Just to highlight one example, we will consider Titus 3. Paul was writing to Titus as the leader of the churches at Crete (1:5) and one of Paul’s children in the faith (1:4). In chapter 1, he instructed Titus to appoint elders in every town in that city. He gave him the qualifications for that position and the task of those elders to combat false teachers and their baneful effects in the church. In chapter 2, Paul gives specific instructions to specific demographics in the church (young and older men, young and older women, slaves).
In chapter 3, he started by instructing the church to be subject to rulers and authorities. In chapter 2, he gave general instructions on how they are to relate to people outside the church, “to slander no one, to be peaceable and considerate, and to show true humility toward all men.”
Why should they treat people this way? Why should they refrain from slander, seek peace, be considerate and humble towards men? The reason is that they were like these people before. There was a time when they (and us) were foolish, disobedient, deceived, and enslaved by all kinds of passions and pleasures. We lived in malice and envy, being hated and hating one another.” This tells us that when Paul tells them to slander no one, be peaceable, etc. in verse 2, he is asking them to act differently from how people will act towards them.
In essence, he is saying to them, “these people will manifest their sinfulness. They will display their passions and pleasures (like we used to do ourselves). They will be malicious and envious. They will hate you. In those situations, you will feel like repaying evil for evil. However, you must do the opposite of what they do. You must not slander. You must show peace, humility, and considerateness. Do not mind how they are treating you, treat them differently. Don’t expect them to do better because this is how we also lived before we became Christians.”
How and why will these believers in Crete live like this? It is hard to live like this. We are wired to treat people as they treat us (even when we become Christians, the old nature is alive). We are tempted to display malice, envy, and hatred towards people. Pastors discover these same sins in the church. These same sins sadden the heart of pastors today. It is bad enough that we display these attributes towards people outside the church; it is worse that we show them right in God’s holy temple (Ephesians 2:19-22; 1 Corinthians 3:16). Paul, like today’s pastors, was admonishing the church in Crete to become like Christ in humility, truth, peace, and considerateness.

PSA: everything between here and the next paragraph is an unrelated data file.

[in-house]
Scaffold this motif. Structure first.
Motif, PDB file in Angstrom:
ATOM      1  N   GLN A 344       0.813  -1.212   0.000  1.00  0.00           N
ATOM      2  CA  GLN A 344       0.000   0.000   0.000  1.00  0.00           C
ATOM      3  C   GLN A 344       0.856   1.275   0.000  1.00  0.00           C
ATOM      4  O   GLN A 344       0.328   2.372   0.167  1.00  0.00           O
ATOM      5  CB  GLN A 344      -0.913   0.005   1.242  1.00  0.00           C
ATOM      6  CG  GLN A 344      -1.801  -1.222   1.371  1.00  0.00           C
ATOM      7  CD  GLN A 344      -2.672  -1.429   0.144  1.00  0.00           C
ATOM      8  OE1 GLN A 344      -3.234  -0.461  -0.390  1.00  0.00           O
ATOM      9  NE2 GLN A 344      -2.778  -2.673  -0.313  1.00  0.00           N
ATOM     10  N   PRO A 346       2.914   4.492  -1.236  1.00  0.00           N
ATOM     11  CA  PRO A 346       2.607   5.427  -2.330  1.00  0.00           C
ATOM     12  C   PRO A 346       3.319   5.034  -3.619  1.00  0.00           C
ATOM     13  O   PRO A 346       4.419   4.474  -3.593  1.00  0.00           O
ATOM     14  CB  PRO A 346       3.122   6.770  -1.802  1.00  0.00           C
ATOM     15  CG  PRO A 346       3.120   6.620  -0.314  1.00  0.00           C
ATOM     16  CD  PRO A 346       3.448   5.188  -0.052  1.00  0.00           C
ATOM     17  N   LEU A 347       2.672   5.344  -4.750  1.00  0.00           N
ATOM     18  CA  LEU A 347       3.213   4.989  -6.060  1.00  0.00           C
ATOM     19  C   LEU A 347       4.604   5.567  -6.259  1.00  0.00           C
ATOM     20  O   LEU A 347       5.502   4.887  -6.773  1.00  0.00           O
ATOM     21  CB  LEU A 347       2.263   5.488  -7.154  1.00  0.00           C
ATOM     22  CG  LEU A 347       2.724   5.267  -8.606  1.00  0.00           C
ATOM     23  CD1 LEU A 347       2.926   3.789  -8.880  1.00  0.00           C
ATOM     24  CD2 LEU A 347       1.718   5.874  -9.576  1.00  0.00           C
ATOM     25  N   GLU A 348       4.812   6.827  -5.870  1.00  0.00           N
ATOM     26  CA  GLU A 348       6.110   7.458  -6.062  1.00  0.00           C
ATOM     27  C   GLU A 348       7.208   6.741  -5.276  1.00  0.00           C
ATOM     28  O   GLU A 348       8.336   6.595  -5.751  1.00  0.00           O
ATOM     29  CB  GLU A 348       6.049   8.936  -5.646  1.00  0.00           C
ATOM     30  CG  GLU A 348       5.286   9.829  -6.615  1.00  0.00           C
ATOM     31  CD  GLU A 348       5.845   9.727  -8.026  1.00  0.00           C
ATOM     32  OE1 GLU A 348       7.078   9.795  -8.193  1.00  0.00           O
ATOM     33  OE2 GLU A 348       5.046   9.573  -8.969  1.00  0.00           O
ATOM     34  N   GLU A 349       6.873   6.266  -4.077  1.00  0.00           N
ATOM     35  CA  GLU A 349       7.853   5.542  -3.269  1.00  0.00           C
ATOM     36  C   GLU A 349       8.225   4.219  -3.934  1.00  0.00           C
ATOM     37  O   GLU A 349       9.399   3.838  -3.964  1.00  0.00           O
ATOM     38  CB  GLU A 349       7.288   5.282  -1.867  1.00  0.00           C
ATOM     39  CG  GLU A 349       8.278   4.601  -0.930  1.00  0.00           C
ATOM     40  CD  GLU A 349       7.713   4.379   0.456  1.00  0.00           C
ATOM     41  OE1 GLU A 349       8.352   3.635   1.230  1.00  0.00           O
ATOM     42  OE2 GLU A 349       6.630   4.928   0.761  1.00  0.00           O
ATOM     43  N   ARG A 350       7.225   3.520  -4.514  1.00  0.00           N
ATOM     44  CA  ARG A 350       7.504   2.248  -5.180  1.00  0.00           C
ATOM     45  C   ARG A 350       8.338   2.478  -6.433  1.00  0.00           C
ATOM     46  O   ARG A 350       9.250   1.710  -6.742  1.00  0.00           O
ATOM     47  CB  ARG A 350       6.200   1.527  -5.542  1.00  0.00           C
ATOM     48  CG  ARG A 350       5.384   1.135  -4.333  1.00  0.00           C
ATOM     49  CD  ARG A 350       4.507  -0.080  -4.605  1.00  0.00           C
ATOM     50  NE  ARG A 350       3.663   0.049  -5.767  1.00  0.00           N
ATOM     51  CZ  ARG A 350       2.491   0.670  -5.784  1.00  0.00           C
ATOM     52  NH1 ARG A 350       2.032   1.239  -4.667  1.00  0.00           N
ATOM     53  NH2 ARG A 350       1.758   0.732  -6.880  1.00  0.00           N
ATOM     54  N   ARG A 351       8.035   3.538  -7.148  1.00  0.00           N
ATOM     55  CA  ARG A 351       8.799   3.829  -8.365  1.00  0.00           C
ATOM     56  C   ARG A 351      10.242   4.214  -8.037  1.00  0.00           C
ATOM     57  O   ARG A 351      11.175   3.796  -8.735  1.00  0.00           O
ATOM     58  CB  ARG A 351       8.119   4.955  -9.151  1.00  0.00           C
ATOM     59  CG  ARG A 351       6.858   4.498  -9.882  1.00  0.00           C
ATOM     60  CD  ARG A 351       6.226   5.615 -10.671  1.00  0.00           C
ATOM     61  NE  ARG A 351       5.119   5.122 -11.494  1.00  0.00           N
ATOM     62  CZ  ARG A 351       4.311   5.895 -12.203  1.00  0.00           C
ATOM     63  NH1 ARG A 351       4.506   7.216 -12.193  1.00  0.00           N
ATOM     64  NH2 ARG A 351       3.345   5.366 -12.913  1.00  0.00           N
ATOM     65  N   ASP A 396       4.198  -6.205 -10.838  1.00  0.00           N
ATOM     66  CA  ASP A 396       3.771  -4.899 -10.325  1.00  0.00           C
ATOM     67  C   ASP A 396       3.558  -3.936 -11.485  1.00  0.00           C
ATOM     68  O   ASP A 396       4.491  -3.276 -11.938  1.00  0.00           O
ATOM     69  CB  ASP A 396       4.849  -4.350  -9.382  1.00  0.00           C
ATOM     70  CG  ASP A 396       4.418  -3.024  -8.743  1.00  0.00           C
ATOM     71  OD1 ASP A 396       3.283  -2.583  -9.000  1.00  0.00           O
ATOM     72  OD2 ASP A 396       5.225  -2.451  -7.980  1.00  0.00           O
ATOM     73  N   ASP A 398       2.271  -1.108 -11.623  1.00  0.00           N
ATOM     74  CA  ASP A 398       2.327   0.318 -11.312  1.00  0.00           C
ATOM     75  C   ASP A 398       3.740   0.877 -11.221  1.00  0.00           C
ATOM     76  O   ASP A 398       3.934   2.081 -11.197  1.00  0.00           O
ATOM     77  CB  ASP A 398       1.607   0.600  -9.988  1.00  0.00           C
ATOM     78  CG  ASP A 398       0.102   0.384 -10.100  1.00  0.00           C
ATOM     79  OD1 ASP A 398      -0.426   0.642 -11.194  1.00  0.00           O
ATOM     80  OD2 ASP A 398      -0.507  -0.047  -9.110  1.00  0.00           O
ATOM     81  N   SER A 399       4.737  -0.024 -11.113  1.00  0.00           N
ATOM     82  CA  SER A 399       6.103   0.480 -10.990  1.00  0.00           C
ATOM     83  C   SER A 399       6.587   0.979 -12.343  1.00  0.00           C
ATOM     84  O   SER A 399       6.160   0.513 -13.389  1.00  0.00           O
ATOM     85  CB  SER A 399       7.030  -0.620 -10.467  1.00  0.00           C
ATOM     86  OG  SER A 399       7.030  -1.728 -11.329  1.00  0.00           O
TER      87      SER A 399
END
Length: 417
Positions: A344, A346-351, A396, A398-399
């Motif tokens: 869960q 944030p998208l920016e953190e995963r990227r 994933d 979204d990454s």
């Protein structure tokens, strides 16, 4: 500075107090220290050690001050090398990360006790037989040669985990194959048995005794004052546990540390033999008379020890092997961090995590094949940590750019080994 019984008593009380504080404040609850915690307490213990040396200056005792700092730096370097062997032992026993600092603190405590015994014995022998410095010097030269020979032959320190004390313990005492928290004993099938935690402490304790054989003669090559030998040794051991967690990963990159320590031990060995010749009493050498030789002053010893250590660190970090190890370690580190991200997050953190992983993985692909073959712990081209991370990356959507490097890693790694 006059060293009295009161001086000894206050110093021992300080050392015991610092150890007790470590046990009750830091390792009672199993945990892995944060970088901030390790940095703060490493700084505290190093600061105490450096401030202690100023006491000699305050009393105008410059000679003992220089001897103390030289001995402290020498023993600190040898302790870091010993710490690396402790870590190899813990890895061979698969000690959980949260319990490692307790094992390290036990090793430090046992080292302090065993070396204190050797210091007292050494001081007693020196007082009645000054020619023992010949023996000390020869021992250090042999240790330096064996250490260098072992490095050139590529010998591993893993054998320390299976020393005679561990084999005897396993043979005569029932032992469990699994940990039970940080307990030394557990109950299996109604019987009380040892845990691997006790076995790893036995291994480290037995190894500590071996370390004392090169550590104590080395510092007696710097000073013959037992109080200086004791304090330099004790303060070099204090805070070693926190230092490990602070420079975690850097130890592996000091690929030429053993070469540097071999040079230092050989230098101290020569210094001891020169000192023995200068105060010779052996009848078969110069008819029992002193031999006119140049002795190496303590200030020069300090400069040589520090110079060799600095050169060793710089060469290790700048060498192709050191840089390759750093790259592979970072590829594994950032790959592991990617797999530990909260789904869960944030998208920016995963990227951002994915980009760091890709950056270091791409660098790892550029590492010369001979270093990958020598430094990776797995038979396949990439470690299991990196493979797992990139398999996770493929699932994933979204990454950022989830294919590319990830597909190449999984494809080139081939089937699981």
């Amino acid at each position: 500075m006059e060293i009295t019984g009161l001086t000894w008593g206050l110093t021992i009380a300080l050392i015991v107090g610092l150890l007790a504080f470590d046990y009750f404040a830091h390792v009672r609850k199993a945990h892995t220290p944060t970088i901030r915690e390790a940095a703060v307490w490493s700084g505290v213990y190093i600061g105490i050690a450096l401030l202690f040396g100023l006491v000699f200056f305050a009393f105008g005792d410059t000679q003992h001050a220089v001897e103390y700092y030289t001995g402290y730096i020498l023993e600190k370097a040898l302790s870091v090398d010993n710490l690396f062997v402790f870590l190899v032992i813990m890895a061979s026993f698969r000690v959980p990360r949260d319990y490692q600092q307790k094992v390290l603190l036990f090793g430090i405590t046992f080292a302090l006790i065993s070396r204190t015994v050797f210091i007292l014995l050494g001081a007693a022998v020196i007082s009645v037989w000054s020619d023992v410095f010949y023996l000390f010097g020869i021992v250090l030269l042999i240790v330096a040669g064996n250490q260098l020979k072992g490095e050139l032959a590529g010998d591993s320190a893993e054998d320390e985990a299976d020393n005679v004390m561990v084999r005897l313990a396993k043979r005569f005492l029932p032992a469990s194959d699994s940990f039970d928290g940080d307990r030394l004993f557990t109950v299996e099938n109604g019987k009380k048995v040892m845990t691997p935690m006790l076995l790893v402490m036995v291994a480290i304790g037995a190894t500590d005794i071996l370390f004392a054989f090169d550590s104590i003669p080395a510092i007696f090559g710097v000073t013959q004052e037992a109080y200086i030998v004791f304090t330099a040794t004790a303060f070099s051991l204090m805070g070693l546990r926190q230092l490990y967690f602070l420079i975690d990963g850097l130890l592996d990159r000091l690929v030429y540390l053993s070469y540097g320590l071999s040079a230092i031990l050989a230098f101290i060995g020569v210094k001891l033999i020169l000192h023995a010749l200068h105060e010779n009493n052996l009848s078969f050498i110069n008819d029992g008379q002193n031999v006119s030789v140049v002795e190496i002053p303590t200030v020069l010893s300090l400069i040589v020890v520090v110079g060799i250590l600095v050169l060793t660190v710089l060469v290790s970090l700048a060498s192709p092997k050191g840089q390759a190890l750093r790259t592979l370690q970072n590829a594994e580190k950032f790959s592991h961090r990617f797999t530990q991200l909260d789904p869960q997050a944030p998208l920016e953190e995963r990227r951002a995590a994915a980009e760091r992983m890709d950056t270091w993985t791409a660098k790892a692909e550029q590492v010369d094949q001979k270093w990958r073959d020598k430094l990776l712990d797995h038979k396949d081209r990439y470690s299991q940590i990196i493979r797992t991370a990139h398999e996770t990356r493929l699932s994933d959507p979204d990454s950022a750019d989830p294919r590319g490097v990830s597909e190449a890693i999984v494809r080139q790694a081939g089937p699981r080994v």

Notice where Paul turns to in this letter. From verse 4 to verse 7, he reminded them of the gospel. He reminded them of the kindness and love of God and the manifestation of those attributes in our salvation. He reminded them of justification by faith alone and the rebirth and renewal that the Spirit works in us. He reminded them of how they come to partake of that Spirit only because of Christ. He reminded them of the end of our justification by his grace- our heirship and the hope of eternal life.
Paul gave them a concise refresher on the gospel. That is how he encouraged the church to become the people of verses 1 and 2.
However, notice that Paul did not think this refresher is all they will need to live, as he (and God) wants them to live. He was not thinking, “now I have given you a refresher on the gospel, you can now become the holy Christians God calls you to be.” Instead, he has these words for Titus: “This is a trustworthy saying. And I want you to stress these things, so that those who have trusted in God may be careful to devote themselves to doing what is good. These things are excellent and profitable for everyone.” (Titus 3:8)